Apart from the story of Persephone's abduction by him, few myths attach to Hades. By giving her the forbidden food of the dead to eat—the pomegranate—he bound Demeter's daughter to return periodically to his realm (Hymn. Hom. Cer. 370 ff.). Their union was without issue; its infertility mirrors that of the nether world (Apollodorus (6) of Athens, FGrH 244 F 102a2). When the sons of Cronus divided the universe amongst themselves, Hades was allotted the world of the dead, Zeus obtained the sky, and Poseidon the sea (R. Janko on Il. 15.185–93; Richardson on Hymn. Hom. Cer. 86). As ruler of the dead, Hades was always more ready to receive than to let go (Aesch. Pers.688–90). Two kindred gods, Demeter and Dionysus, as well as heroes like Heracles, Theseus, and Orpheus descended alive to Hades and returned to earth. Ordinary mortals went there to stay; Alcestis, Eurydice (1), and Protesilaus were among the few allowed to leave (cf. Plat. Symp. 179c). Heracles wrestled with Thanatos (Eur. Alc. 843–9) and wounded Hades with his arrows (Il. 5.395–7; Paus. 6.25.2 f.). Hades’ mistress Minthe (see menthe) was changed into the mint plant by Persephone (Strabo 8.344, Ov. Met. 10.728–30; cf. Oppian, Halieutica 3.486 ff.).

Alcestis' death vision of Hades, who comes to get her, is dim but frightening (Eur. Alc.259–62 Diggle: ‘Someone is leading me, leading me away—don't you see—to the hall of the dead. He stares at me from under his dark-eyed brow. He has wings—it's Hades!’). In Greek art, Hades and Pluton—differentiating between the two is not always possible—are wingless human figures lacking any terrifying aspects. Zeus-like and bearded, Hades-Pluton is a majestic, elderly man holding a sceptre, twig, cornucopia, pomegranate, or cantharus. On some vases, Hades is shown averting his gaze from the other gods (LIMC nos. 14, 22, 148). Unlike Hades, Thanatos is represented with wings (Eur. Alc. 843; often in vase painting, e.g. Euphronios, calyx-crater, formerly New York, Met. Mus. 1972.11.10, now in Rome; Thanatos Painter, lecythus, London, BM D 58). Conceptually and iconographically, Dionysus (Heraclitus fr. 15 DK) and Sarapis (H. Heubner on Tac. Hist. 4.83 f.) in their chthonian aspects have affinities to Hades-Pluton.

Hades was the universal destination of the dead until the second half of the 5th cent. bce, when we first hear of the souls of some special dead ascending to the upper air (aithēr), while their bodies are said to be received by the earth (Athenian epitaph, c. 432 bce, IG 13.1179.6 f. = CEG 1.10.6 f.; Eur. Supp. 533 f.; CEG 2.535, 558). Notably, the souls of the heroized daughters of Erechtheus ‘do not go to Hades’, but reside in heaven (Eur. Erech fr. 65.71 f. Austin). The various Underworld topographies found in Homer (Od. 11) and Virgil (Aen. 6), in the esoteric gold leaves containing descriptions of Hades, and in the apocryphal Apocalypse of Peter reflect changing constructs of the afterlife. See death, attitudes to, greek; tartarus.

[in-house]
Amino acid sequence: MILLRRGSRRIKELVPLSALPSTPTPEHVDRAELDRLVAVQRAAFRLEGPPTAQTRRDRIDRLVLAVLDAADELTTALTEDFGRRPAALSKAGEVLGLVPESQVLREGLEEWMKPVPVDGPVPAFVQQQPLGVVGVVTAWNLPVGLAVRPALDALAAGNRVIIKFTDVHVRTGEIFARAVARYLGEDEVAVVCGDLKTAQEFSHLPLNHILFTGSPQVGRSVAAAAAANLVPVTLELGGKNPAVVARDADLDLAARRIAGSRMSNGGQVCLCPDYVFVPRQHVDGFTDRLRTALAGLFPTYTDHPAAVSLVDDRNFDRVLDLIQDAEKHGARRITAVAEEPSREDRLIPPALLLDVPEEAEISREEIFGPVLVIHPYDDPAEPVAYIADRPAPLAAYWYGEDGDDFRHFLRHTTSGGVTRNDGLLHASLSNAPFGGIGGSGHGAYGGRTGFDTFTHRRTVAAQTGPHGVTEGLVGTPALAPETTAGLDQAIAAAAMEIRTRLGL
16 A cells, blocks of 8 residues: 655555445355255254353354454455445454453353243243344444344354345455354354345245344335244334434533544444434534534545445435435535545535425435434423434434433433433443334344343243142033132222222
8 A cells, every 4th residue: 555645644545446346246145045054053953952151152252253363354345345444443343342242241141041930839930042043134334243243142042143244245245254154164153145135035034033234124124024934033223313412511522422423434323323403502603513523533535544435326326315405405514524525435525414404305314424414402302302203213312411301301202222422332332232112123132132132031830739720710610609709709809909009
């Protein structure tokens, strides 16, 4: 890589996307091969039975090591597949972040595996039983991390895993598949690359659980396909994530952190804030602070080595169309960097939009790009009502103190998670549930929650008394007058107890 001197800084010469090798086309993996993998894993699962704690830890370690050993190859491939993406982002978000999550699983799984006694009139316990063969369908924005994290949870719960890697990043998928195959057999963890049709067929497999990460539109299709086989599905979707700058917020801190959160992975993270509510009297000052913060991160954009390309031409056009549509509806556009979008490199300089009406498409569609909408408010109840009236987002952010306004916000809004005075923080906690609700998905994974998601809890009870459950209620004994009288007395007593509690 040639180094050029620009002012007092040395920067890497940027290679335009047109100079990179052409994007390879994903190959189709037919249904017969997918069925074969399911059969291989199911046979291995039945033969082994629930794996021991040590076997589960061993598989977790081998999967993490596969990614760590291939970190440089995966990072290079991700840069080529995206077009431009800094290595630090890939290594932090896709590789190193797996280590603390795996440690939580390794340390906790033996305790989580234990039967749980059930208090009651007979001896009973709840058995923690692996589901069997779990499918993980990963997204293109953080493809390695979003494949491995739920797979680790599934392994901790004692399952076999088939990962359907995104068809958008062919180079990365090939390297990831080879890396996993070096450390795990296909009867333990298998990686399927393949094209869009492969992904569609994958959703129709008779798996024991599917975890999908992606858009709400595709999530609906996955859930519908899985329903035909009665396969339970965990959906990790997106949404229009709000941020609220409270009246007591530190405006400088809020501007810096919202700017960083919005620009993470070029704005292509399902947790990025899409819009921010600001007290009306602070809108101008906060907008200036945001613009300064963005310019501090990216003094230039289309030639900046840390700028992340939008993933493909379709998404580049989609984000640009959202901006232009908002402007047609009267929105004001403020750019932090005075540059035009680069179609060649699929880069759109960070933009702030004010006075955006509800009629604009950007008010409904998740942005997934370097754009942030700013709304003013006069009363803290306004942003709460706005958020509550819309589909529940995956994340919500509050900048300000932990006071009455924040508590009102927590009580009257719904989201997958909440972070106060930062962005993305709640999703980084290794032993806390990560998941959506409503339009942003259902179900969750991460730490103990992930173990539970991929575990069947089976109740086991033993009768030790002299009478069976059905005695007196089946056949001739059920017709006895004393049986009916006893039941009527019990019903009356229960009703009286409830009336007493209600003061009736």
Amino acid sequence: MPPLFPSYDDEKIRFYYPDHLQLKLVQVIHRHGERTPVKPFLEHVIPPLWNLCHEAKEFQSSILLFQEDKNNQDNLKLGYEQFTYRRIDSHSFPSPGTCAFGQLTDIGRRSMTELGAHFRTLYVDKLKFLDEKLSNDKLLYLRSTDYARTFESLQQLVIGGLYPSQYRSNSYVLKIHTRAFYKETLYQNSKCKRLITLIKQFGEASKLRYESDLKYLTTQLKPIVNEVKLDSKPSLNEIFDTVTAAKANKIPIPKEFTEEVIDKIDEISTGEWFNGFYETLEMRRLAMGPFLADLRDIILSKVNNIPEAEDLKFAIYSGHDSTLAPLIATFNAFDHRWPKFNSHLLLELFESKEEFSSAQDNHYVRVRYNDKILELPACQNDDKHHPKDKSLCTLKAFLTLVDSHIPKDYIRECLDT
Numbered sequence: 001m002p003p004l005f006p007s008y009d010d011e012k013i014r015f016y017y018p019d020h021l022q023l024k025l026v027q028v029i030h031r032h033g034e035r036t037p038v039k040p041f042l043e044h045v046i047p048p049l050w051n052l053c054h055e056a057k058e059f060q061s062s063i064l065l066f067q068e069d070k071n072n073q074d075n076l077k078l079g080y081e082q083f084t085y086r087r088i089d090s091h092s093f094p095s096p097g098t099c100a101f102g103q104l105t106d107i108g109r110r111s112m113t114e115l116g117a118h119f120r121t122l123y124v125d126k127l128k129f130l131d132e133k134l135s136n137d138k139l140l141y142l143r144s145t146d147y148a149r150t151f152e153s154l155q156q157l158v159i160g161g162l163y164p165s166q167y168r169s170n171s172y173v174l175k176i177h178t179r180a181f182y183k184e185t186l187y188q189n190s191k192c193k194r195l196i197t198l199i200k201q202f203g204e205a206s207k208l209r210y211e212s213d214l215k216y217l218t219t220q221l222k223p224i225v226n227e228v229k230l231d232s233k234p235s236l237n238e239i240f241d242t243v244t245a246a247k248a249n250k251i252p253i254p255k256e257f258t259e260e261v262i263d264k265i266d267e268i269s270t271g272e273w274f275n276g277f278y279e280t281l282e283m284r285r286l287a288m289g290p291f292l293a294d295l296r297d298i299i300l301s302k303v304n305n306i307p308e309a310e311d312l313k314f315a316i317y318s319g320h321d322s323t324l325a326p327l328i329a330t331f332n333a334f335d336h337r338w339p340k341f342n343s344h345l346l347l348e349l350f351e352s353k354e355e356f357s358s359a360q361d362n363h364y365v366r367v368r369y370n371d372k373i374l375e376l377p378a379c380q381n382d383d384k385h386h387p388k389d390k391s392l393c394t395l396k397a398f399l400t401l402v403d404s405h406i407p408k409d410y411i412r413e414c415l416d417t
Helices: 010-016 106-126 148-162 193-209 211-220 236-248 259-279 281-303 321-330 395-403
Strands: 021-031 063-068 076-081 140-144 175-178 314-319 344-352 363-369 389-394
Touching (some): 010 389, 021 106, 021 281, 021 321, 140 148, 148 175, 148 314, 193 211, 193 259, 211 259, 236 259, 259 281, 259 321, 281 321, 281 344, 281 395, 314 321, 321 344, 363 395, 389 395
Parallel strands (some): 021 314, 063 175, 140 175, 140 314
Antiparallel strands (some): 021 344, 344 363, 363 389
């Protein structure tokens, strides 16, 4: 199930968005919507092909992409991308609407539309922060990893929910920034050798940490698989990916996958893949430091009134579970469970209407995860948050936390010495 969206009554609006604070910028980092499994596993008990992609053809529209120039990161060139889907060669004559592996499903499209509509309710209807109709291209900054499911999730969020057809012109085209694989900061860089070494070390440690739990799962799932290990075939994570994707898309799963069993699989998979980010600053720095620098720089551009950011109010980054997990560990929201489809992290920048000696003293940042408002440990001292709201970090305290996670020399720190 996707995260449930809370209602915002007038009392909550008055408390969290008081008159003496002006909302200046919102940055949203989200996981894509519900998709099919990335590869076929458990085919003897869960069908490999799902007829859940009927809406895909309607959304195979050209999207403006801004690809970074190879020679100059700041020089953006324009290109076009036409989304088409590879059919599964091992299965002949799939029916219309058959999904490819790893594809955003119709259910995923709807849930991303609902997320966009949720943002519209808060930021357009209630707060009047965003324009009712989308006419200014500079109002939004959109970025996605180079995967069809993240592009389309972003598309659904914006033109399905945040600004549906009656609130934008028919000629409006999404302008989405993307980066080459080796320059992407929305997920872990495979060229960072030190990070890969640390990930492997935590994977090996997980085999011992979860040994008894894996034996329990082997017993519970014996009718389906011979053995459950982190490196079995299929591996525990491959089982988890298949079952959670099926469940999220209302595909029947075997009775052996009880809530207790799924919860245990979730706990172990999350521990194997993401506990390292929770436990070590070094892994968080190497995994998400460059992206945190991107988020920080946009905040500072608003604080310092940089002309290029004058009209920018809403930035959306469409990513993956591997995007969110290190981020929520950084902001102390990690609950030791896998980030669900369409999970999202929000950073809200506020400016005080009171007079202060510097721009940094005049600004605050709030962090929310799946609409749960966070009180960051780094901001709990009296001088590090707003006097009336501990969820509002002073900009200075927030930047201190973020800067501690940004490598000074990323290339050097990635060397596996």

• L. Preller, Griechische Mythologie, 4th edn., rev. C. Robert (1894), 1.798-846.
  • E. Vermeule, Aspects of Death in Early Greek Art and Poetry (1979).
  • W. Burkert, trans. J. Raffan, Greek Religion (1985), 194–199.
  • T. Gantz, Early Greek Myth (1993), 70–73, 123–128.
  • C. Sourvinou-Inwood, ‘Reading’ Greek Death (1995).
  • L. Albinus, The House of Hades (2000).
  • J. N. Bremmer, The Rise and Fall of the Afterlife (2002).
  • F. Graf and S. I. Johnston, Ritual Texts for the Afterlife (2007).
Hades In Literature
  • R. Lattimore, Themes in Greek and Latin Epitaphs (1942).
  • N. J. Richardson, The Homeric Hymn to Demeter (1974).
  • J. G. Gager, Curse Tablets and Binding Spells from the Ancient World (1992).
  • P. Thieme, in R. Schmitt (ed.), Indogermanische Dichtersprache (1968), 133–53.
Cults and epithets
  • L. R. Farnell, The Cults of the Greek States (1896–1909), 3.280–288, 376–378.
  • B. Prehn, Realencyclopädie der Classischen Altertumswissenschaft Suppl., 867–878 s.v. ‘Hades’.
  • E. Wüst, Realencyclopädie der Classischen Altertumswissenschaft, 990–1027, s.v. ‘Pluton’.
  • A. Henrichs, in H. Hofmann and A. Harder (eds.), Fragmenta Dramatica (1991), 161–201.
  • S. Scullion, Classical Antiquity 1994, 75–119.
Keys to Hades
  • K. J. Dover, Aristophanes: Frogs (1993), 52 f.
  • S. Morenz, Religion und Geschichte des alten Ägypten (1975), 510–20.
  • R. Lindner, S.-C. Dahlinger, N. Yalouris, and I. Krauskopf, Lexicon Iconographicum Mythologiae Classicae 4 (1988), s.v. ‘Hades’, ‘Aita’, ‘Pluto’, 1. 367–406, 2. 210–236 (plates).
  • K. Clinton, Myth and Cult: The Iconography of the Eleusinian Mysteries (1992), esp. 105–113.
  • J. H. Oakley, Picturing Death in Classical Athens (2004), 125–37.